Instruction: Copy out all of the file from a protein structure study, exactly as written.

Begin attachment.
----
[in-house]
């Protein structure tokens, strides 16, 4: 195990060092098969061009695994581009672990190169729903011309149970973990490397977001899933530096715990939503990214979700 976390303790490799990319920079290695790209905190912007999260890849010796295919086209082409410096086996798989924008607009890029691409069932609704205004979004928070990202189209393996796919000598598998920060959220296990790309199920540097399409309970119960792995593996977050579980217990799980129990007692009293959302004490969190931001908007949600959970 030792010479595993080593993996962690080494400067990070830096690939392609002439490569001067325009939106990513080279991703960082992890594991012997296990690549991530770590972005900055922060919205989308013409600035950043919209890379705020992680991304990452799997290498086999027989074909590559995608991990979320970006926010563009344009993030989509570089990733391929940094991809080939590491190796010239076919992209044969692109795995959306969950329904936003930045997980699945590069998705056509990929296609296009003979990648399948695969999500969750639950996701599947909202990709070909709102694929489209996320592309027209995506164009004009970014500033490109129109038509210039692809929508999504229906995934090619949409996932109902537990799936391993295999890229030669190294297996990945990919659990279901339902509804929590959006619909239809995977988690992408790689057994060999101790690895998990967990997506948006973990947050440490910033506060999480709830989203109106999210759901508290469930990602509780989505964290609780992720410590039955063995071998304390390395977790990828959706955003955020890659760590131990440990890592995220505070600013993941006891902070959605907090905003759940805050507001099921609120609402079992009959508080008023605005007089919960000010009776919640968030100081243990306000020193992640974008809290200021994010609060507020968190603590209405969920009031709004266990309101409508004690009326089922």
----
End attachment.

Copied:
[in-house]
């Protein structure tokens, strides 16, 4: 195990060092098969061009695994581009672990190169729903011309149970973990490397977001899933530096715990939503990214979700 976390303790490799990319920079290695790209905190912007999260890849010796295919086209082409410096086996798989924008607009890029691409069932609704205004979004928070990202189209393996796919000598598998920060959220296990790309199920540097399409309970119960792995593996977050579980217990799980129990007692009293959302004490969190931001908007949600959970 030792010479595993080593993996962690080494400067990070830096690939392609002439490569001067325009939106990513080279991703960082992890594991012997296990690549991530770590972005900055922060919205989308013409600035950043919209890379705020992680991304990452799997290498086999027989074909590559995608991990979320970006926010563009344009993030989509570089990733391929940094991809080939590491190796010239076919992209044969692109795995959306969950329904936003930045997980699945590069998705056509990929296609296009003979990648399948695969999500969750639950996701599947909202990709070909709102694929489209996320592309027209995506164009004009970014500033490109129109038509210039692809929508999504229906995934090619949409996932109902537990799936391993295999890229030669190294297996990945990919659990279901339902509804929590959006619909239809995977988690992408790689057994060999101790690895998990967990997506948006973990947050440490910033506060999480709830989203109106999210759901508290469930990602509780989505964290609780992720410590039955063995071998304390390395977790990828959706955003955020890659760590131990440990890592995220505070600013993941006891902070959605907090905003759940805050507001099921609120609402079992009959508080008023605005007089919960000010009776919640968030100081243990306000020193992640974008809290200021994010609060507020968190603590209405969920009031709004266990309101409508004690009326089922």